This is essential reading for anyone with a serious interest in Sappho. The widely publicized discovery and publication a few years ago of a 12 line poem by Sappho has by now led to a plethora of translations of it on the internet. Yet, quite literally lost in translation is the fact that many of the words in at least 5 of the lines of that poem are based on conjectures that remain open to debate. Furthermore, there are 8 more lines, albeit fragmentary, discovered above that 12 line poem that may constitute a prelude to it. In addition, there are 4 more lines from an even earlier discovery that many scholars continue to argue relate to the 12 line poem, if not as a continuation, at least as an alternate ending. We have then, not a 12 line poem, but 24 lines of poetry. If you care about Sappho you are going to want to know as much about all 24 lines as possible. This book is for now the only place to start.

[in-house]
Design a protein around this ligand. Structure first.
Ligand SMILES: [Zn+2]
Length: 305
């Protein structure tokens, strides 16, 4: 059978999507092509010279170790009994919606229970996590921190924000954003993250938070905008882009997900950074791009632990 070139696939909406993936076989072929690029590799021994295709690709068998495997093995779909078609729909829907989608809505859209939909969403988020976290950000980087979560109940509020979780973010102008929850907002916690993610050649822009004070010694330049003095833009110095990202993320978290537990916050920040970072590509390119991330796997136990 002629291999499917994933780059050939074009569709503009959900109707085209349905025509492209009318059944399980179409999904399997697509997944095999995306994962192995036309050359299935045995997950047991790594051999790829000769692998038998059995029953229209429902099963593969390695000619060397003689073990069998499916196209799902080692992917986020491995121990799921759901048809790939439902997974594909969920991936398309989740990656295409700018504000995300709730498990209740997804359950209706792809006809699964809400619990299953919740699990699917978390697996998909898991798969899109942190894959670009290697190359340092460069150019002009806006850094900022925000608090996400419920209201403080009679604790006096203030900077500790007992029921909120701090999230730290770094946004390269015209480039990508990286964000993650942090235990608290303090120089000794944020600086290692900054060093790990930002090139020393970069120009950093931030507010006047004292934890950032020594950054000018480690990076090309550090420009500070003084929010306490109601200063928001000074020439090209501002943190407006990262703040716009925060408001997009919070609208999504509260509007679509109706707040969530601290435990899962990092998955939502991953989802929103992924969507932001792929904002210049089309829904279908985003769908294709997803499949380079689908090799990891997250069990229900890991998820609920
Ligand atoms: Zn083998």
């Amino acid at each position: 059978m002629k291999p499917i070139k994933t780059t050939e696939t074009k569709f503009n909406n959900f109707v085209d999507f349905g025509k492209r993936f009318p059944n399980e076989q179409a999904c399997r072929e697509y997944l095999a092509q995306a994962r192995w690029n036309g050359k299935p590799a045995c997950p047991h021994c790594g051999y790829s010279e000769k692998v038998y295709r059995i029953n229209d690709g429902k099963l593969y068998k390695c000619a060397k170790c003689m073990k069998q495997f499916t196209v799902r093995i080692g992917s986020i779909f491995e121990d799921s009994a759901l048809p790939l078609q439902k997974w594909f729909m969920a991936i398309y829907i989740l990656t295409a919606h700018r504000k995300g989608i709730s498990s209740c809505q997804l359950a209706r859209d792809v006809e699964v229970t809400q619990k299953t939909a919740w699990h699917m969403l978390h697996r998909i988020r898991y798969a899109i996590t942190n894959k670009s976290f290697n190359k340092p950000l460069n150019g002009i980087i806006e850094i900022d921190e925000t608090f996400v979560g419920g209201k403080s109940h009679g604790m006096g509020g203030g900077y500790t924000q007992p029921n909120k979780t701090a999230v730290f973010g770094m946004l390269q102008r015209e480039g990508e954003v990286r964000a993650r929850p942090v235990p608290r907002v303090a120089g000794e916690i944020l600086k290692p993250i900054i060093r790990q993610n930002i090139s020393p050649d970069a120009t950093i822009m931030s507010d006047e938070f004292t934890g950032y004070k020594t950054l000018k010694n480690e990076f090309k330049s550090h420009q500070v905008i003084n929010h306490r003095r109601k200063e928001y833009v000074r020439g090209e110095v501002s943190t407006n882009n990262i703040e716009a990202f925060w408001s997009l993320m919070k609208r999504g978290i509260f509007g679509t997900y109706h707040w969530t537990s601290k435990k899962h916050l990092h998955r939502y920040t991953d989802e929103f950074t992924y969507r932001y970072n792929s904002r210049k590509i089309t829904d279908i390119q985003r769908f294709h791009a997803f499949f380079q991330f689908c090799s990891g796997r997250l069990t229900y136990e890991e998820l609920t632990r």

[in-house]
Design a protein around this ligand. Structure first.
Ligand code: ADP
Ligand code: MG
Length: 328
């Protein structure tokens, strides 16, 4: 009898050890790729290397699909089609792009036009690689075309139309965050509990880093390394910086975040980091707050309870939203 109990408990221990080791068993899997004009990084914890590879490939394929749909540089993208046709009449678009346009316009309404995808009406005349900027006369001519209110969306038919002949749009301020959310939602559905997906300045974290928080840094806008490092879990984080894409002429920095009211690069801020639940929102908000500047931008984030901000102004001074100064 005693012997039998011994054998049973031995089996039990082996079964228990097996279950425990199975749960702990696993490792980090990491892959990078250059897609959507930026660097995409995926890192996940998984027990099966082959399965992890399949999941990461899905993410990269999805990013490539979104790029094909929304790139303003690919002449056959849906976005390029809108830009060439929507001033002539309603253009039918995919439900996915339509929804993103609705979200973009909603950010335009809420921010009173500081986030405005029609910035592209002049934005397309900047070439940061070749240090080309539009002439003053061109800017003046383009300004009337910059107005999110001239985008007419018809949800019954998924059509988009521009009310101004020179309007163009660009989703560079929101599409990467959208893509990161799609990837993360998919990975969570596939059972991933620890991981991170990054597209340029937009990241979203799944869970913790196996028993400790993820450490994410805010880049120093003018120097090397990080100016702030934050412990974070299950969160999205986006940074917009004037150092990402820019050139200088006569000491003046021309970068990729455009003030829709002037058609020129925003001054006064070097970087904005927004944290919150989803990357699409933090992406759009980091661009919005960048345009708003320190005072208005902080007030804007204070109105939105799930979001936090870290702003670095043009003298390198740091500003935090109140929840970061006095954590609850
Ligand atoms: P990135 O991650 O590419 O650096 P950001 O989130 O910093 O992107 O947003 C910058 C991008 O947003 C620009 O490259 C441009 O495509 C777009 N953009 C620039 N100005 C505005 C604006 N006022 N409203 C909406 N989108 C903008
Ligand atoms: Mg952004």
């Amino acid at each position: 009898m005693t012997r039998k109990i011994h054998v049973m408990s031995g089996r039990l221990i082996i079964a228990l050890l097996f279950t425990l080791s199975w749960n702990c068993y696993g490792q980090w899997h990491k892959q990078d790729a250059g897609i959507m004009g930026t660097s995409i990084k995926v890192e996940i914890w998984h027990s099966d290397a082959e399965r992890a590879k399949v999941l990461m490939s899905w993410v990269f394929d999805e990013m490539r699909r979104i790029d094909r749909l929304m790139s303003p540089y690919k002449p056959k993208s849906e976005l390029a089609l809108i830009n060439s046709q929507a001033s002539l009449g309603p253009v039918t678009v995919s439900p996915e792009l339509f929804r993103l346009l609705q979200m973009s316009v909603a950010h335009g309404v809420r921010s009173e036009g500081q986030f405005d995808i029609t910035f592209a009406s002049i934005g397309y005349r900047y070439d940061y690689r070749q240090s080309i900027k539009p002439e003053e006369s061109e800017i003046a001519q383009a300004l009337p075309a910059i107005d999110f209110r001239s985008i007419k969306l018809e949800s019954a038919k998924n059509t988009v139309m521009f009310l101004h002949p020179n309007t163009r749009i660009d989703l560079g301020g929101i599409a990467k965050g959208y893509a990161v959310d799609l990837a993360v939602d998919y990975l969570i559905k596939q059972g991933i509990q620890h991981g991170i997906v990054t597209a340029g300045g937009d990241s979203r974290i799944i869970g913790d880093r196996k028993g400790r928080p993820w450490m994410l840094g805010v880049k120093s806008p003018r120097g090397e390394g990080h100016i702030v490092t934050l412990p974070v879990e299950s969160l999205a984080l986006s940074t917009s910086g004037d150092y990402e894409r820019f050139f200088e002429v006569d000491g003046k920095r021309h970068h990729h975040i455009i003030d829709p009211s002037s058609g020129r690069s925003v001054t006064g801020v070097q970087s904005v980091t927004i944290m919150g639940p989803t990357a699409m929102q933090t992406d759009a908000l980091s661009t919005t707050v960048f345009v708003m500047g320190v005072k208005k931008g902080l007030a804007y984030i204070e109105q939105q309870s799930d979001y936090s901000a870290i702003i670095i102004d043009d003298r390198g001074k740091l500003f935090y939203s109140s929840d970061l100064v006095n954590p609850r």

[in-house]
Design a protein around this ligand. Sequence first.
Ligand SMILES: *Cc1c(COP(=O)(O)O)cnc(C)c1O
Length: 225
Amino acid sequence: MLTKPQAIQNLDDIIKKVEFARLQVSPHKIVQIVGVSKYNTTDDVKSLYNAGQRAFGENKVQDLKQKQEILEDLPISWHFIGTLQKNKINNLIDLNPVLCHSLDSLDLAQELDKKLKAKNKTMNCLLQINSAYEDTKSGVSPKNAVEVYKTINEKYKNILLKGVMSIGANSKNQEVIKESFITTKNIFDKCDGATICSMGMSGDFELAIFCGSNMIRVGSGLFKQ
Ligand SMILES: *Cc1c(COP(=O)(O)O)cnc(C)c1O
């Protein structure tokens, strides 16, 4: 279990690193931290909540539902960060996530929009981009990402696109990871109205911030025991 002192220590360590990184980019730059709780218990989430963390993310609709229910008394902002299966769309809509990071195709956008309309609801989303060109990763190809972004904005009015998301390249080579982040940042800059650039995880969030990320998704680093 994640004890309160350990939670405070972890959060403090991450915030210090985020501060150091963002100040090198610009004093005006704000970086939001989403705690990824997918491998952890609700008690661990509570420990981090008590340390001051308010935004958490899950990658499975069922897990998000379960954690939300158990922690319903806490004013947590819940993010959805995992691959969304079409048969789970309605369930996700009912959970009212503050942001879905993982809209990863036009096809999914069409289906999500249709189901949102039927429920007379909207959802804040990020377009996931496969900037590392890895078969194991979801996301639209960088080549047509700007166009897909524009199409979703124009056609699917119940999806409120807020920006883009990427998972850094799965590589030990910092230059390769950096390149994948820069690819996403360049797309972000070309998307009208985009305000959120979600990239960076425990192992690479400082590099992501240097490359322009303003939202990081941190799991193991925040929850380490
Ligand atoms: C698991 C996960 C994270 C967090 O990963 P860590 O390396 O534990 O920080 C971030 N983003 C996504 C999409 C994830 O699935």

According to the publisher there will be online access to this book as well as updates to it, but as of the date of this review access to that site appears to be restricted. Once available perhaps that site will allow for some clarification of what unfortunately makes this book difficult to work with, especially for the "wider audience" the publisher intends to reach. The chapter where one would expect to find a translation of each of the 24 lines (the title of the chapter indicates as much) fails to provide any translation for the fragmentary 8 line prelude (the essay on p.126 provides a translation but it is partial and based on conjectured language not in the authoritative text) or the 4 line continuation/alternate ending (a number of the essays provide translations but it should be emphasized that the reading of the 4th line is problematic). If the publisher intended to reach a wider audience it would seem that the Greek would have been better presented in romanized text. With so many contributors it is entirely understandable that there will be differences in terminology but the variations in how the relevant sections of the 24 lines of Sappho are referred to are bewildering. The first 8 lines are labeled the "New Fragment" and printed separately from fragment 58 on p.10, only to reappear under fragment 58 on p.14, while in other essays these same lines are referred to as "poem 1", "Passage A" or the "Thalia poem." The editors should have provided an explanatory note or table. What is most impressive about the interpretive essays is how the various distinguished scholars seem to converge on similar conclusions regarding the significance of the performance context for appreciating these lines of poetry, yet by deploying very different lines of argument buttressed by very different evidence. What is most disappointing is that only one barely 13 page essay directly addresses the "philosophical issues" referred to in the subtitle to this book. The philosophical import of what Sappho is doing here deserves more attention but because philosophers do not usually read Sappho (or readers of Sappho, philosophy) it is a challenge even to broach the subject. An ostensibly improbable starting point would be a consideration of the intersection of what we now see as the distinct disciplines of poetry and philosophy in the thought of Parmenides. Bowra's appreciation of Parmenides as a poet has been for the most part overlooked. Yet, it was Gadamer who, in a lecture where he frequently refers to Parmenides' poetry, bore down on Parmenides' use of the Greek word "chroa" (the same word as used by Sappho in the lines analyzed in this book) and, perhaps sensitive to his own time in life (the lecture was given as he was about to begin what was to be a long retirement), thought he could detect a "call into consciousness the anxiety that mortals feel . . . that everything born must die" (p.121/The Beginning of Philosophy). It is uncanny how he seems almost to be quoting Sappho even though the lines of hers we now have had yet to be discovered. There is more than enough in the association of those thoughts not only with how philosophy began but also on where it is going today to start a dialog. Such a dialog, however, would now need to begin not with the purported "father" of western philosophy but with the voice of a woman, the voice of Sappho.